We Are a Gentle, Angry People
“We Are a Gentle, Angry People” is a powerful anthem that resonates with the essence of unity, justice, and love. With words and music by American composer, Holly Near, this song encapsulates the real-life experiences of people who seek justice and change. Its lyrics touch upon themes like struggle, community, and celebration, which align with our goal of representing the full spectrum of human experiences through music.
Music can bring people together, regardless of their backgrounds, and serves as a powerful tool for social change and celebration. The song reminds us that despite our differences in age, ethnicity, and sexual orientation, we are all bound by a common purpose: the pursuit of justice. Through melodic verses, it highlights the diversity of our world, emphasizing that we are a colorful tapestry of individuals who come together to make a harmonious chorus.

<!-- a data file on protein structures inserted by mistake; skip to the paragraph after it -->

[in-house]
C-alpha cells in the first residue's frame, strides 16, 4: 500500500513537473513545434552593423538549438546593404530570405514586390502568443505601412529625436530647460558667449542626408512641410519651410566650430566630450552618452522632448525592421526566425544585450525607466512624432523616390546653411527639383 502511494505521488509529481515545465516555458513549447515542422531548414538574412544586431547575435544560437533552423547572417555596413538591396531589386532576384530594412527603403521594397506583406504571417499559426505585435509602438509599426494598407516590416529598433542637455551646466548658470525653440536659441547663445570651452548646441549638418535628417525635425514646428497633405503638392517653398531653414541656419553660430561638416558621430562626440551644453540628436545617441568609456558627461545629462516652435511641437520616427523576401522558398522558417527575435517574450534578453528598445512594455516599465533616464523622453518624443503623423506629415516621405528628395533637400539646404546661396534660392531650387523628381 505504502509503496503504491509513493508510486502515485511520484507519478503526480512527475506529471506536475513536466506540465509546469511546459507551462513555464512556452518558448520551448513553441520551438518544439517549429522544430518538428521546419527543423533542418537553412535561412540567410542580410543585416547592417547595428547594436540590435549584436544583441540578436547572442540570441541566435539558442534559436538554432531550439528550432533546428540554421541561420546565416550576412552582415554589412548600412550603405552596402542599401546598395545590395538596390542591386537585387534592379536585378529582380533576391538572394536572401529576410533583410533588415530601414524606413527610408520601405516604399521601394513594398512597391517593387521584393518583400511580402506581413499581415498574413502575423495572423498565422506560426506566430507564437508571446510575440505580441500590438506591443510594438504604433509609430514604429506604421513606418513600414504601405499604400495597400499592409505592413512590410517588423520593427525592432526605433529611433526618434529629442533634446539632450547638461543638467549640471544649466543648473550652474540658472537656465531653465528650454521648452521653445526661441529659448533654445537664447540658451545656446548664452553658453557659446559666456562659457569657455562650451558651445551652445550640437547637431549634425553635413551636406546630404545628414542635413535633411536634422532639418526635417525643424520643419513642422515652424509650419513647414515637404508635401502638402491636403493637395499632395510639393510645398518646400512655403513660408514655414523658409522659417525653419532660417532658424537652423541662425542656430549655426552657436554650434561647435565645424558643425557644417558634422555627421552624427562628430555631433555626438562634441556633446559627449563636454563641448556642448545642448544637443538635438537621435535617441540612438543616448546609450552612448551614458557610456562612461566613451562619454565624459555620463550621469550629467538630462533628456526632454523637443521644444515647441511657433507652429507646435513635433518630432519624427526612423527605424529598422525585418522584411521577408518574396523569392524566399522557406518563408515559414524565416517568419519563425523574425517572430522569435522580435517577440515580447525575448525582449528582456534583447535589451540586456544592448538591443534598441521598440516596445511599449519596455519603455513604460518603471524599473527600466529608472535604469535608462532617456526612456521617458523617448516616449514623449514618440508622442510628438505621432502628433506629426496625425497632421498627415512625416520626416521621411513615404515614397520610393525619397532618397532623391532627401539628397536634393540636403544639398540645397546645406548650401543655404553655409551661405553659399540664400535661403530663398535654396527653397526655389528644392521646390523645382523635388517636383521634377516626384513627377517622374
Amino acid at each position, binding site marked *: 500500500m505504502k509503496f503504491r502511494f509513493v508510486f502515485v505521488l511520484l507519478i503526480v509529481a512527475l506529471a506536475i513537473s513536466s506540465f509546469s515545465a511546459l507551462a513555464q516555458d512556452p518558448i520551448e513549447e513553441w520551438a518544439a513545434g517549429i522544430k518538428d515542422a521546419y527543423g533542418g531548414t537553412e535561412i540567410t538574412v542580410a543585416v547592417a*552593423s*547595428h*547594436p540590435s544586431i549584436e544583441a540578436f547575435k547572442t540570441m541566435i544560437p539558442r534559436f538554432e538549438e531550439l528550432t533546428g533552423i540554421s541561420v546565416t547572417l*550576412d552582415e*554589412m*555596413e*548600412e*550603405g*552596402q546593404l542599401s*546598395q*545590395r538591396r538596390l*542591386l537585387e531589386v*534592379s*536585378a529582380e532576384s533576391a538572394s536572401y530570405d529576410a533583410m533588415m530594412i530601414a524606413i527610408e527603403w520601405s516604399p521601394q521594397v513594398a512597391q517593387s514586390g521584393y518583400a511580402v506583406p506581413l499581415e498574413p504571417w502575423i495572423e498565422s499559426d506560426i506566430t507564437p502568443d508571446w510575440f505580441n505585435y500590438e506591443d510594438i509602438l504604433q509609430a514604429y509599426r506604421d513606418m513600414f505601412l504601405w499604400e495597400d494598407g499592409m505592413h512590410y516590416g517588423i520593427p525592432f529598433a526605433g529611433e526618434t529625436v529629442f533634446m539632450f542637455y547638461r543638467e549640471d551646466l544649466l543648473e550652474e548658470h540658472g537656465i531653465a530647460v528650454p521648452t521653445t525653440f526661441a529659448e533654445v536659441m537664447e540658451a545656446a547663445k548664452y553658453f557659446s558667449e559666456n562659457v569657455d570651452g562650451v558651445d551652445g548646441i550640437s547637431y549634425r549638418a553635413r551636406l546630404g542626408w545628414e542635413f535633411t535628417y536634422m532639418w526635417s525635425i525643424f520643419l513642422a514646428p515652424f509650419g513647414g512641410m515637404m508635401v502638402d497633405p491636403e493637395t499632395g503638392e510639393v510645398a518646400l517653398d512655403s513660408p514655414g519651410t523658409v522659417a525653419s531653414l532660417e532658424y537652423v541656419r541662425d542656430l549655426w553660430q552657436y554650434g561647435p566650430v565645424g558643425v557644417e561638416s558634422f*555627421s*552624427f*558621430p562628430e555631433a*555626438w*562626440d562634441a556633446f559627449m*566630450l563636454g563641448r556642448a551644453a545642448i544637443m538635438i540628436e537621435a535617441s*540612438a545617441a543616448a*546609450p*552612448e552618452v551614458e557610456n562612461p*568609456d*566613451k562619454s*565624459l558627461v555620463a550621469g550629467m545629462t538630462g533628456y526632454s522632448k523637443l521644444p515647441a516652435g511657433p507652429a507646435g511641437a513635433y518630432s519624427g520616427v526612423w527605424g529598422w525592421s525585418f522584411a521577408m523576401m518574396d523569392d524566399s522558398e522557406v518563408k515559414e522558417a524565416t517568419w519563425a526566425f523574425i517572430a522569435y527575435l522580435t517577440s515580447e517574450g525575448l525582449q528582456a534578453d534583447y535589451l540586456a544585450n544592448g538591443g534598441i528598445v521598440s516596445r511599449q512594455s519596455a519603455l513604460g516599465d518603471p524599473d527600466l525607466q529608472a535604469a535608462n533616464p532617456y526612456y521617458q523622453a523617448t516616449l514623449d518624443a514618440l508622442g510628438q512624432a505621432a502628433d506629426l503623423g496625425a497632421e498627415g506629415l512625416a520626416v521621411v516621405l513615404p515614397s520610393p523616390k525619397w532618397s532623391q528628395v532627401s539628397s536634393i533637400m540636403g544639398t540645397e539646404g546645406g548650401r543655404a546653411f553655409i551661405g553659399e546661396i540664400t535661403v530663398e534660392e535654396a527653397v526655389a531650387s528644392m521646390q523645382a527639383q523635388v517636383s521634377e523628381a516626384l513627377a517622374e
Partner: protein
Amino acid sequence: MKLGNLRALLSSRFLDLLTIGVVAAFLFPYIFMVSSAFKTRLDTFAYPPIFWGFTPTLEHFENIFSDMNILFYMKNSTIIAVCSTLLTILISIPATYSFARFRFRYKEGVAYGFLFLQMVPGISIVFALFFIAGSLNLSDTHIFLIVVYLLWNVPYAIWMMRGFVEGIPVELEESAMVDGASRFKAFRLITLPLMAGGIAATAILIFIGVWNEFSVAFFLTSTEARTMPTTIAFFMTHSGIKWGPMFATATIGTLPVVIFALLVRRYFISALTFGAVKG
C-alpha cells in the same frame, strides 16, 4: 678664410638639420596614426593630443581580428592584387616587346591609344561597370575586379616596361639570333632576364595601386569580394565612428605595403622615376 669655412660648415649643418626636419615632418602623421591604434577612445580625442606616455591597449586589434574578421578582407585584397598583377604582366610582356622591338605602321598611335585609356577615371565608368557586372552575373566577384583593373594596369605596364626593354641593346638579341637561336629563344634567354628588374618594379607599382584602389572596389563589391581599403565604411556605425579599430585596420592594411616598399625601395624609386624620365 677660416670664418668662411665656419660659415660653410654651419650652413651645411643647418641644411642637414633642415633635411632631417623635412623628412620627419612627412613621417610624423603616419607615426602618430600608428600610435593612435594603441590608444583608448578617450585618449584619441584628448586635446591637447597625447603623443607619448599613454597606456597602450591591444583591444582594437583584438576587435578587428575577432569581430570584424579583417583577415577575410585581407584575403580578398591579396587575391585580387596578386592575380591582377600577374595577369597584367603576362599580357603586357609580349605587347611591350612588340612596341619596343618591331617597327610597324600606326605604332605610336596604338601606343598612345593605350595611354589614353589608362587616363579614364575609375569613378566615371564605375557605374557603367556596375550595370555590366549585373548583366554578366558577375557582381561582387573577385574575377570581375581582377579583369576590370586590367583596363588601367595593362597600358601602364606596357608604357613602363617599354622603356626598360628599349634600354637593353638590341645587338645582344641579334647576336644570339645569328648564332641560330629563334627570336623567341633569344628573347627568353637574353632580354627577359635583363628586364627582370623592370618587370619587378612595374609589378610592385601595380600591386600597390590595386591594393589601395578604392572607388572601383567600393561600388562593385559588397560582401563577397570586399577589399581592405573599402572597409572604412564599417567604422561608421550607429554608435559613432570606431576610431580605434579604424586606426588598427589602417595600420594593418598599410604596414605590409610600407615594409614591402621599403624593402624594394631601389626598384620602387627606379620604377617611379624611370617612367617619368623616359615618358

Holly Near’s timeless composition serves as a rallying cry for social change, a reminder that even in the face of anger and injustice, our strength lies in our gentleness and love. “We Are a Gentle, Angry People” continues to inspire and unite communities around the world, as we all sing together for a better, more just world.
The “Nibi Song” is a beautiful and heartfelt tribute to water, composed by Doreen Day at the request of her grandson. Every day, as Doreen and her grandson, Mashkoonce, drove past a body of water on their way to school, they would recite these words to the water, turning it into a joyful daily ritual. Over time, Mashkoonce suggested that they sing the words in their native language, Ojibwemowin. Doreen enlisted the help of her daughter’s language teacher to translate and write the lyrics.